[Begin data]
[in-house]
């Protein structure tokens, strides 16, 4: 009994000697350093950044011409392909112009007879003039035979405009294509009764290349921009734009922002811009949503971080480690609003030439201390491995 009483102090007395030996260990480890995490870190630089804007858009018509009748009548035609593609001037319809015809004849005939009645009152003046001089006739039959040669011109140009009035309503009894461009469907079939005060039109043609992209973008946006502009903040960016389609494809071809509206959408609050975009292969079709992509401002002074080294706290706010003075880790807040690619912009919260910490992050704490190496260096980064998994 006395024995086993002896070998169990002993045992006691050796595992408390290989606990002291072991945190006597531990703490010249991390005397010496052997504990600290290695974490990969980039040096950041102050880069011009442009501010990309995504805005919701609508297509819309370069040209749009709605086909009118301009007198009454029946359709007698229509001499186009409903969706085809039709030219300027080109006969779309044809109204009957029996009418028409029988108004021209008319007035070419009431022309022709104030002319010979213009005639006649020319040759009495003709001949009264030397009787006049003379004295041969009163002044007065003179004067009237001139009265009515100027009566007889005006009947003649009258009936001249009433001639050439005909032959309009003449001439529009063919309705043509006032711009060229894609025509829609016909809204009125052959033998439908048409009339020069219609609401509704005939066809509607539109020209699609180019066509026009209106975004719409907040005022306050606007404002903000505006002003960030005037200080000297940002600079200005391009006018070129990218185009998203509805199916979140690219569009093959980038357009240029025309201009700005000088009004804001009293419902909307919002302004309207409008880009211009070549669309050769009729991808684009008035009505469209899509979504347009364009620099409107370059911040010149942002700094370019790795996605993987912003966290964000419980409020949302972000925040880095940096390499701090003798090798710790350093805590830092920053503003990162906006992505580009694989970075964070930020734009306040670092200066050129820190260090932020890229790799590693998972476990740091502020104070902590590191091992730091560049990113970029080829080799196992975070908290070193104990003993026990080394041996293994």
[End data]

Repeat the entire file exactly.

[in-house]
């Protein structure tokens, strides 16, 4: 009994000697350093950044011409392909112009007879003039035979405009294509009764290349921009734009922002811009949503971080480690609003030439201390491995 009483102090007395030996260990480890995490870190630089804007858009018509009748009548035609593609001037319809015809004849005939009645009152003046001089006739039959040669011109140009009035309503009894461009469907079939005060039109043609992209973008946006502009903040960016389609494809071809509206959408609050975009292969079709992509401002002074080294706290706010003075880790807040690619912009919260910490992050704490190496260096980064998994 006395024995086993002896070998169990002993045992006691050796595992408390290989606990002291072991945190006597531990703490010249991390005397010496052997504990600290290695974490990969980039040096950041102050880069011009442009501010990309995504805005919701609508297509819309370069040209749009709605086909009118301009007198009454029946359709007698229509001499186009409903969706085809039709030219300027080109006969779309044809109204009957029996009418028409029988108004021209008319007035070419009431022309022709104030002319010979213009005639006649020319040759009495003709001949009264030397009787006049003379004295041969009163002044007065003179004067009237001139009265009515100027009566007889005006009947003649009258009936001249009433001639050439005909032959309009003449001439529009063919309705043509006032711009060229894609025509829609016909809204009125052959033998439908048409009339020069219609609401509704005939066809509607539109020209699609180019066509026009209106975004719409907040005022306050606007404002903000505006002003960030005037200080000297940002600079200005391009006018070129990218185009998203509805199916979140690219569009093959980038357009240029025309201009700005000088009004804001009293419902909307919002302004309207409008880009211009070549669309050769009729991808684009008035009505469209899509979504347009364009620099409107370059911040010149942002700094370019790795996605993987912003966290964000419980409020949302972000925040880095940096390499701090003798090798710790350093805590830092920053503003990162906006992505580009694989970075964070930020734009306040670092200066050129820190260090932020890229790799590693998972476990740091502020104070902590590191091992730091560049990113970029080829080799196992975070908290070193104990003993026990080394041996293994």